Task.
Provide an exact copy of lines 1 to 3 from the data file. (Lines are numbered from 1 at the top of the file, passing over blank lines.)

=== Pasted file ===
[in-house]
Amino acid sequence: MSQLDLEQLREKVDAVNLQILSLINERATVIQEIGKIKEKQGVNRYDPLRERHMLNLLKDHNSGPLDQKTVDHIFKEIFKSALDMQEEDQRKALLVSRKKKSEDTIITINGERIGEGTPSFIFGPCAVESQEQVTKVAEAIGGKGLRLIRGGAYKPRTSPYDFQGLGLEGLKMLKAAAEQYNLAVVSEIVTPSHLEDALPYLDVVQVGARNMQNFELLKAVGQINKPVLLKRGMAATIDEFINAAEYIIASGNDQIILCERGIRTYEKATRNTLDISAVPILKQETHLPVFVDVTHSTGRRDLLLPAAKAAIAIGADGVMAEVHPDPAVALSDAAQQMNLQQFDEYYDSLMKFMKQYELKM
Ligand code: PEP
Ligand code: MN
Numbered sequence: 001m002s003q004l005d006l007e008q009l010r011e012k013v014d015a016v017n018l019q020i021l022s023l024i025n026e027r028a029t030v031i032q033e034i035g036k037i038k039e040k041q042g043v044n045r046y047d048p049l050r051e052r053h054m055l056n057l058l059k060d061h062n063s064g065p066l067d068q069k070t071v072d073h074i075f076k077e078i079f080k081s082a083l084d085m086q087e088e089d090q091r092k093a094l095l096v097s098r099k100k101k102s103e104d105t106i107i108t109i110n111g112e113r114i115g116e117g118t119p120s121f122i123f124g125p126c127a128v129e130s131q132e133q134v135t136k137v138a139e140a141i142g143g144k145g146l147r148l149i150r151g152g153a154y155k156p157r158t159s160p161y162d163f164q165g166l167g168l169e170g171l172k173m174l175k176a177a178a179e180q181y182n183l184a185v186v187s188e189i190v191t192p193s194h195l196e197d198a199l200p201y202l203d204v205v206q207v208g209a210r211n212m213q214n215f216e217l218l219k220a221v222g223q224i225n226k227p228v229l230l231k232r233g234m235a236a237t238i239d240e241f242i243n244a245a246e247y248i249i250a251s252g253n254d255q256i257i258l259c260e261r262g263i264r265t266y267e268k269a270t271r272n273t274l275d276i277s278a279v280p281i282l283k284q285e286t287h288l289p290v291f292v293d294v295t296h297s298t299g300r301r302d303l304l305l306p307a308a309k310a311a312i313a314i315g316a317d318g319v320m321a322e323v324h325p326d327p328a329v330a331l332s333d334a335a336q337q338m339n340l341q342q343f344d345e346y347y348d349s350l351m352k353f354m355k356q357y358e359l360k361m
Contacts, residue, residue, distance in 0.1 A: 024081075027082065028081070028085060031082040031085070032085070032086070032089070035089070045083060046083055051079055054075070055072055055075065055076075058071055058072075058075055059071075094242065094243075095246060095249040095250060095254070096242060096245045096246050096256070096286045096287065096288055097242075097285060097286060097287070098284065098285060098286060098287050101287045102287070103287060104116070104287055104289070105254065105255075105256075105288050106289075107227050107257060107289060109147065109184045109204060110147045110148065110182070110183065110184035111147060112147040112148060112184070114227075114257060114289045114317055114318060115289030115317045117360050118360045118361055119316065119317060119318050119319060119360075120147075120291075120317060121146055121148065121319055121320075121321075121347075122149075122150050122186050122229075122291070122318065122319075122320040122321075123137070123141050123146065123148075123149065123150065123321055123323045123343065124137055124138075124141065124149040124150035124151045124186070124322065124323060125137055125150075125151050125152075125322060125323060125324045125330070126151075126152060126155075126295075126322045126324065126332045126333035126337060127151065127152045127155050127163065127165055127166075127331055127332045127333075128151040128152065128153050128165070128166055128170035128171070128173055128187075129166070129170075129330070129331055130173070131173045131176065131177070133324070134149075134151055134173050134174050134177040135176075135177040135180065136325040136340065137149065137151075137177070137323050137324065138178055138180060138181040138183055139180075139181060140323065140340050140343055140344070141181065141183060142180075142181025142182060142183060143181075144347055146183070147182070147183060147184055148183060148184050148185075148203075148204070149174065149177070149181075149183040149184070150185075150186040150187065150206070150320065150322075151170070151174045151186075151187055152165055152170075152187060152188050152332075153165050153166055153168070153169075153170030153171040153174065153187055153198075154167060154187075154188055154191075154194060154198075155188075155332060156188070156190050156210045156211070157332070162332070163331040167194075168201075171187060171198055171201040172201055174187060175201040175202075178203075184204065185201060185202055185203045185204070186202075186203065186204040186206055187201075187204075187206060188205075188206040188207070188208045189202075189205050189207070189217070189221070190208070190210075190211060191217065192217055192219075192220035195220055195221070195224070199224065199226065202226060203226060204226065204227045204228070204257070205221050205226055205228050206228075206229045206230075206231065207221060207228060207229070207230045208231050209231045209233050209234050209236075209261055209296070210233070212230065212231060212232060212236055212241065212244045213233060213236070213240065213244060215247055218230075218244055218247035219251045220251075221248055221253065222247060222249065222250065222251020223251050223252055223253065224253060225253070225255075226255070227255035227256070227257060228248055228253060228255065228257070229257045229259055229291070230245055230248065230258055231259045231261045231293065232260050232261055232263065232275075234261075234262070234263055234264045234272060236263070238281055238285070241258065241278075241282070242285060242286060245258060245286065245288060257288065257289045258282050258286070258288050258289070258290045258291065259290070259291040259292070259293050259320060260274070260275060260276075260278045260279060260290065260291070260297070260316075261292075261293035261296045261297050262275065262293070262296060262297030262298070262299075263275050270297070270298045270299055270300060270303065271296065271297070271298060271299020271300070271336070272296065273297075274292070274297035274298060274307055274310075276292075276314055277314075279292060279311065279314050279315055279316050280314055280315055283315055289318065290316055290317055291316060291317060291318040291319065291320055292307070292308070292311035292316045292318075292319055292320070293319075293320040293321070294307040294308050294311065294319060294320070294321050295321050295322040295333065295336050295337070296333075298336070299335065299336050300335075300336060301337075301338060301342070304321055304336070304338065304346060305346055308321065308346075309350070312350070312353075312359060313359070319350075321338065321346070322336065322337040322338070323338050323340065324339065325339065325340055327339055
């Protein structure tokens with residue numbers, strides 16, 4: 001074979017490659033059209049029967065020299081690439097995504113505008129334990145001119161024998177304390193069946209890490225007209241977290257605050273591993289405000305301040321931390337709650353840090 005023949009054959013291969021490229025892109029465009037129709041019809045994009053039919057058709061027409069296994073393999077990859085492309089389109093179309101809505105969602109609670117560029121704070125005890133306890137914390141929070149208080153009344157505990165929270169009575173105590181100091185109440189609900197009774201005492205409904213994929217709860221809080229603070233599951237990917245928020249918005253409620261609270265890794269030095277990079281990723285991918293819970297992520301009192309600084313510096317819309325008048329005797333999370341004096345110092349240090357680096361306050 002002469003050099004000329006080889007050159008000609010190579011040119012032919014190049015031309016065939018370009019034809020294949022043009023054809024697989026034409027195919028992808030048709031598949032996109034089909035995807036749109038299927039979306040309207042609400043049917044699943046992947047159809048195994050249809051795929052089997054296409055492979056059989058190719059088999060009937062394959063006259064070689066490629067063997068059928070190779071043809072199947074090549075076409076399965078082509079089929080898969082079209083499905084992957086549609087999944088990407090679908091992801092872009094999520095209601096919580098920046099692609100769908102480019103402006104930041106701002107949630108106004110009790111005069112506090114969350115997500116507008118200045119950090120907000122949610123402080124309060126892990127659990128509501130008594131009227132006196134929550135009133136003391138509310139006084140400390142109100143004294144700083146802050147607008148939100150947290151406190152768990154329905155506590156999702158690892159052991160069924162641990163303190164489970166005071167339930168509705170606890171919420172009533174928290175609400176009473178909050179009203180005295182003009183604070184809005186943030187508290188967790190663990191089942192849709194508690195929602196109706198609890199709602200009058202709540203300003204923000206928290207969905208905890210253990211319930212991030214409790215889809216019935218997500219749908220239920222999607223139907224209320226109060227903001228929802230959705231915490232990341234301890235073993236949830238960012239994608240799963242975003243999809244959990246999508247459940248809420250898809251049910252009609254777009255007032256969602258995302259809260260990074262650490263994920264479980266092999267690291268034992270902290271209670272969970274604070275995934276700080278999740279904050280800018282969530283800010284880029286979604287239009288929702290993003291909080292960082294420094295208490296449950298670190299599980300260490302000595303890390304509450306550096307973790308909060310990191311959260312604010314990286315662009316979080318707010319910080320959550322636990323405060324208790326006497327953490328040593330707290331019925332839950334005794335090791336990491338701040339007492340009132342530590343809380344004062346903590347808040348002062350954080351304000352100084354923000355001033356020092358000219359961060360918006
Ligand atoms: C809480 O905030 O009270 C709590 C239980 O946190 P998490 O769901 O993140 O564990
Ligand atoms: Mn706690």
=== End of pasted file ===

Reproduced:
[in-house]
Amino acid sequence: MSQLDLEQLREKVDAVNLQILSLINERATVIQEIGKIKEKQGVNRYDPLRERHMLNLLKDHNSGPLDQKTVDHIFKEIFKSALDMQEEDQRKALLVSRKKKSEDTIITINGERIGEGTPSFIFGPCAVESQEQVTKVAEAIGGKGLRLIRGGAYKPRTSPYDFQGLGLEGLKMLKAAAEQYNLAVVSEIVTPSHLEDALPYLDVVQVGARNMQNFELLKAVGQINKPVLLKRGMAATIDEFINAAEYIIASGNDQIILCERGIRTYEKATRNTLDISAVPILKQETHLPVFVDVTHSTGRRDLLLPAAKAAIAIGADGVMAEVHPDPAVALSDAAQQMNLQQFDEYYDSLMKFMKQYELKM
Ligand code: PEP